The present study has some limitations that deserve comment. First, in our study we concentrated on acrolein. However, we are aware that also other smoke compounds are able to contribute in immunosuppression or may counteract the impact of acrolein. Second, we simplified the sensitization route to the nasal mucosa to avoid aerosolized acrolein which would also be encountered via the skin. This resulted in a relatively high concentration of acrolein with irritative potential at the nasal mucosa of mice during the applications, even though applied dose of acrolein corresponded to levels relevant in passive smoking. The immune effects in mice were, however, fundamental and systemic, and data observed in human smokers and non-smokers validate our model17,34,35,36,37,38,44,45,46. Last, the molecular mechanisms were eluded by “in vitro” studies with reporter cells and antagonists and, therefore, future studies must clearly confirm the specific effects of acrolein on the promiscuous AhR receptor in the light of other receptor candidates. We believe that, by knowing its path of action, therapeutic and prophylactic strategies may emerge to counterbalance the impact of acrolein.
In conclusion, our data add to the current understanding of how acrolein from smoke manipulates our immune system, preventing allergic sensitization on the one hand and promoting tumor growth on the other hand.
Materials and Methods
Female BALB/c mice, 8–10 weeks of age, were obtained from Charles River Laboratories and kept under conventional housing and treated according to European Union rules of animal care with the permission of the Austrian Ministry of Sciences (BMWF 66.009/0283-II/3b/2011 and 66.009/0313-II/3b/2011).
AZ-AhR cell line are human hepatoma HepG2 cells, which were transfected with pGL-4.27-DRE construct containing several AhR binding sites upstream of luciferase reporter gene30. Reporter plasmid pGL-4.27-DRE was constructed as follows: Two copies of F site sequences and one copy of B site and D site sequences of mice Cyp1a1gene13 were synthesized and inserted using KpnI-XhoI enzymes into the multiple cloning region of pGL4.27 [luc2P/minP/Hygro] vector (Cat.# E8451) from Promega (Hercules, CA), upstream of the minimal promoter and luc2P reporter gene sequence. Responsive clones were obtained by selection on Hygromycin. AZ-AHR were cultured in Dulbecco’s modified Eagle’s medium (DMEM) supplemented with 10% of fetal calf serum, 100 U/ml streptomycin, 100 μg/mL penicillin, 4 mM L-glutamine, 1% nonessential amino acids, and 1 mM sodiumpyruvate. Cells were maintained at 37 °C and 5% CO2 in a humidified incubator. The mutational status was not tested. THP1-XBlue are commercially available from Invivogen. D2F2 mammary carcinoma cells a kind gift from Prof. Wei-Zen Wei (Karmanos Cancer Institute, Wayne State University School of Medicine, Detroit, Michigan, USA). Cells are routinely tested for mycoplasma contaminations.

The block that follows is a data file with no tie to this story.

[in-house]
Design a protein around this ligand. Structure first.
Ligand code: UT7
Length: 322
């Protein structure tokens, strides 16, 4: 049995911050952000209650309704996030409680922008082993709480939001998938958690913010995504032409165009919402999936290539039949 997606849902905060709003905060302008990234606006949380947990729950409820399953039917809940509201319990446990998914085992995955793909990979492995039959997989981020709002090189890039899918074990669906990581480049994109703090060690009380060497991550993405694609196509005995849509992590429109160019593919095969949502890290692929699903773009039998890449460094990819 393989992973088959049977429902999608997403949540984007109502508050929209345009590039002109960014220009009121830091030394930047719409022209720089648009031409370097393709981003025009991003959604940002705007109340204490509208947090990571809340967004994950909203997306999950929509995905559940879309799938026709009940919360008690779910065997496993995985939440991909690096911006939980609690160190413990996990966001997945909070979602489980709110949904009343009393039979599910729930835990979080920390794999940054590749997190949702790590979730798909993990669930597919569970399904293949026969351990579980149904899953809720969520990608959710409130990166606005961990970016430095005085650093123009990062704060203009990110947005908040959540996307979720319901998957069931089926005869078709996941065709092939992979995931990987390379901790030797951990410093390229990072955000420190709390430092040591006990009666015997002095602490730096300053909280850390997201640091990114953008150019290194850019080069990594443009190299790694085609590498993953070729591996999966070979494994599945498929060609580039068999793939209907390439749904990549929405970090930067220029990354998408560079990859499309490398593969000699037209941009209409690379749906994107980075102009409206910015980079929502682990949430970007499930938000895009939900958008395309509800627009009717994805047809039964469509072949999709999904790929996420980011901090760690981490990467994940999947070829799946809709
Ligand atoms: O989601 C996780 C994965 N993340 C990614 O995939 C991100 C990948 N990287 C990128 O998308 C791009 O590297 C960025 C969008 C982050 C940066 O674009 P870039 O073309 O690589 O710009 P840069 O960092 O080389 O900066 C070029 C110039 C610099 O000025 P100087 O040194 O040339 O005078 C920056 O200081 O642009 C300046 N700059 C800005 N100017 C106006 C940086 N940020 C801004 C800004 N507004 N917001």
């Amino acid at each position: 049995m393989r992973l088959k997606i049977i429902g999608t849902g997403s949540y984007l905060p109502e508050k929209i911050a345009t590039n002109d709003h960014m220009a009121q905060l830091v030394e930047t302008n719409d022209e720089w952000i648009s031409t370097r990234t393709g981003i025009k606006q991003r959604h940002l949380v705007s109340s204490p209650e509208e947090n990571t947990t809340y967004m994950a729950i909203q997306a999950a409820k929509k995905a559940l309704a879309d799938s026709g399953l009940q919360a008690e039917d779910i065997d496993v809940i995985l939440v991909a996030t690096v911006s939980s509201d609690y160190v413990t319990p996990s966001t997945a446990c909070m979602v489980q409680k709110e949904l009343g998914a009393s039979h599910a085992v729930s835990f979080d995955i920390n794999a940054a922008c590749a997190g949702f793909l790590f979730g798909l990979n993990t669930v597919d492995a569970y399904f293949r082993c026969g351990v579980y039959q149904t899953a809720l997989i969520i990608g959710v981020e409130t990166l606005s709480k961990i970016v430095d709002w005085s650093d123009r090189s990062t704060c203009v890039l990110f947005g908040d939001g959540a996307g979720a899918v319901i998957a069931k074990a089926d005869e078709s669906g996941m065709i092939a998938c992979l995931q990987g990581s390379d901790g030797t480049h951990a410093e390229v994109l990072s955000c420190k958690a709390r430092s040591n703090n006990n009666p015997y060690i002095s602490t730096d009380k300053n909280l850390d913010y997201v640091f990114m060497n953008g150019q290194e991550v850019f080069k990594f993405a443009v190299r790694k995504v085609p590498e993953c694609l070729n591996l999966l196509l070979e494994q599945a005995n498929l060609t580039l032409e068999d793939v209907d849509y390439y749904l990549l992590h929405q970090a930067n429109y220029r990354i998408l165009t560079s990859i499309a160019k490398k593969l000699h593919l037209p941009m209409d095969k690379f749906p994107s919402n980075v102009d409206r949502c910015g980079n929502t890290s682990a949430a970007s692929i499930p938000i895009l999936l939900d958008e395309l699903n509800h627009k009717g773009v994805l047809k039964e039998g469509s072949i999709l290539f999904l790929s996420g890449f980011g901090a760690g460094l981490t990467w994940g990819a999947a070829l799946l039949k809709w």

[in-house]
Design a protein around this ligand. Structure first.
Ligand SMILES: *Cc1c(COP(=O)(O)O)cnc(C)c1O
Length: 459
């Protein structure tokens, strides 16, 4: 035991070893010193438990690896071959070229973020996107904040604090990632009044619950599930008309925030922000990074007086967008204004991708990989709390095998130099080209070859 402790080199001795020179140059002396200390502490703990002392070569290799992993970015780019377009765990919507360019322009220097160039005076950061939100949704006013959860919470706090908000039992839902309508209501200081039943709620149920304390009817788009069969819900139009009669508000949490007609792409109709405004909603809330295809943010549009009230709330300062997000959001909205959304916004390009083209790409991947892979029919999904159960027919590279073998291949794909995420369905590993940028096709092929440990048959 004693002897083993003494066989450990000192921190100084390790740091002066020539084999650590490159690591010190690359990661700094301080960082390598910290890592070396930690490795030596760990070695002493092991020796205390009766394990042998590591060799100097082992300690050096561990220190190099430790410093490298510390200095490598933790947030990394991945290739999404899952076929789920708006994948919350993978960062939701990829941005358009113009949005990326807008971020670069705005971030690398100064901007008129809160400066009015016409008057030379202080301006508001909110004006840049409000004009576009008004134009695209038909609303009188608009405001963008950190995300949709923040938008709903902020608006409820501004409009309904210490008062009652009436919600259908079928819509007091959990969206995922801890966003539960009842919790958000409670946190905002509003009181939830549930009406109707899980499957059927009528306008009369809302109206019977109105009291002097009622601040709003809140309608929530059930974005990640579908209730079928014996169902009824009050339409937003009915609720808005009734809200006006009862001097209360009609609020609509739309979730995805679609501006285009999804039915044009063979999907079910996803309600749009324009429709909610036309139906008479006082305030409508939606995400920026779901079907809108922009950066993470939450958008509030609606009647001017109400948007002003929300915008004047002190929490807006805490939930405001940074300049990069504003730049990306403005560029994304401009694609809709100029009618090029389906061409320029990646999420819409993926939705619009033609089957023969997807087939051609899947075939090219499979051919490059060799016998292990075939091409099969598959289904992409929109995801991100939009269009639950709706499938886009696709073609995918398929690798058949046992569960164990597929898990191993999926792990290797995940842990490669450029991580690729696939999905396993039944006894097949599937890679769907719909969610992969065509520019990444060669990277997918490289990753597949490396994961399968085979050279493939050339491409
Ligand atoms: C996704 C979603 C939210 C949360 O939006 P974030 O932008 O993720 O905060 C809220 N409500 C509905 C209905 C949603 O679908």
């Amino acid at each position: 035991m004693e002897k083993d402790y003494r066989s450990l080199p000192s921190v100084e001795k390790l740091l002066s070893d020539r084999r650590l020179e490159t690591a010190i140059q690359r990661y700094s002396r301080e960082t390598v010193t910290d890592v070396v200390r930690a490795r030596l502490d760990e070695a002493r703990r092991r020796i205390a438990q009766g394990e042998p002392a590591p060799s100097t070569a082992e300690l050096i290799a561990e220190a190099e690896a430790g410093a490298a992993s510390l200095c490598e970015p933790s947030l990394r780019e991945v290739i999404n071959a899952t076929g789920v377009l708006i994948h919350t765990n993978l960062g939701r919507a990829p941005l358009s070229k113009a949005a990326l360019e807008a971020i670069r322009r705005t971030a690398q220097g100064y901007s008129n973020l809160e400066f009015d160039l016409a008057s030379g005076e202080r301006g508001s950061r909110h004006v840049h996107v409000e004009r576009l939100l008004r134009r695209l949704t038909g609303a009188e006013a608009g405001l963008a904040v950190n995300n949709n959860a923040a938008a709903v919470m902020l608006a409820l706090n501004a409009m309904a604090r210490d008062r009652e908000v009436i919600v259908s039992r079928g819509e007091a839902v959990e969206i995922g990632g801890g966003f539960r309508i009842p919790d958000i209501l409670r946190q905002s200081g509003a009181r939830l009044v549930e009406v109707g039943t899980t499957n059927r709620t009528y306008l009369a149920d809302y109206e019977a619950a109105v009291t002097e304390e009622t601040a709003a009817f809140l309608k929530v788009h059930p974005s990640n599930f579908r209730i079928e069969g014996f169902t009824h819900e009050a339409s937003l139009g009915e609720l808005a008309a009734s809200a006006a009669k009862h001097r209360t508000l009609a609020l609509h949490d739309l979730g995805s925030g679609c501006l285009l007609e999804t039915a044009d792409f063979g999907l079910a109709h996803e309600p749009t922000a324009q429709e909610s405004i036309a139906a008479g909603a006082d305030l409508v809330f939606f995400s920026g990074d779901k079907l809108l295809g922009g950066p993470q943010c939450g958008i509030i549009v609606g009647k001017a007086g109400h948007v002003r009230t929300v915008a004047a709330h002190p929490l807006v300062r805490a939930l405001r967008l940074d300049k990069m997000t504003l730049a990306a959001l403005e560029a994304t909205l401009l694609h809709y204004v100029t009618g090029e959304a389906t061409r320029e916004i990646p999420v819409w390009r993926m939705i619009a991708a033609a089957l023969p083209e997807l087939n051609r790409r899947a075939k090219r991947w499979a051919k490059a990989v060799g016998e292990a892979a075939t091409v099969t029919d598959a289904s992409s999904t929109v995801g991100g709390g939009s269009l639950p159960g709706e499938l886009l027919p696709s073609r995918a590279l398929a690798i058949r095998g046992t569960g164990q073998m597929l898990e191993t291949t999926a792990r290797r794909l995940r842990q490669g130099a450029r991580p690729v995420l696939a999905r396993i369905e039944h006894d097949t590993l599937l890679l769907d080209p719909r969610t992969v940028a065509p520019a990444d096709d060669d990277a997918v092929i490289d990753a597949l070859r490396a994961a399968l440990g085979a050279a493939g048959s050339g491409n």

Allergic sensitization and challenge of mice
Each group consisted of eight animals (age: 8–10 weeks), except of the sham-treated group, which received PBS and consisted of 4 animals (group P). Results of two separate, independent experiments were compared.
Mice were nasally immunized 5 times in biweekly intervals. For the first three cycles 5 μg monomeric Keyhole limpet hemocyanin (KLH, Biosyn®) (group K) and/or 10 μg acrolein (group A) in 10 μL of phosphate buffered saline (PBS) on 2 consecutive days were administered, whereas for cycle 4 and 5 10 μg KLH and/or 20 μg acrolein (Sigma 01679) in 20 μL of PBS on 2 consecutive days were administered.
One week later mice were nasally challenged with 10 μg KLH on two consecutive days, before conducting whole body plethysmography (WBP) to determine lung function. The next day mice were challenged intraperitoneally with 50 μg KLH in PBS. The animals were monitored for anaphylactic symptoms and rectal temperatures were recorded after 20 minutes.
Animals were subsequently euthanized by gradually introduction of CO2. Thereafter, blood was collected by cardiac puncture. Serum was stored at −80 °C until further processing. Spleens and lungs were collected. Lungs were perfused with PBS, before they were fixed in 3.7% neutral paraformaldehyde overnight and embedded in paraffin. Paraffin-sections were cut to 5 μm thickness using a microtome (Histocom).
Tumor grafting in mice
Acrolein or PBS were nasally applied on two consecutive days 6 times (round 1–3: +/−10 μg acrolein, round 4–6: 20 μg +/− acrolein/mouse) in biweekly intervals as described in the sensitization section (n = 8/group). One week later, murine mammary carcinoma cell-line D2F2 derived from BALB/c mice (1 Mio cells/mouse) were injected in the right flank subcutaneously. The optimal cell density for engraftment of D2F2 cells, allowing solid nesting of the tumor cells on the one hand, but not resulting in too rapid growth on the other, was determined in pre-experiments (data not shown). D2F2 cells were kindly provided by Prof. Wei-Zen Wei (Karmanos 135 Cancer Institute, Wayne State University School of Medicine, Detroit, Michigan, USA)64. Tumor development and body weight of mice were controlled daily by serial measurements of tumor size; the tumor volume was calculated according to the following equation: tumor volume (mm3) = d2 × D/2, with d as the shortest and D as the longest diameter as previously described. Animals were euthanized when the tumor reached a volume of more than 300 mm3. Tumor sections were embedded in OCT compound and 5 μm thick frozen sections were cut.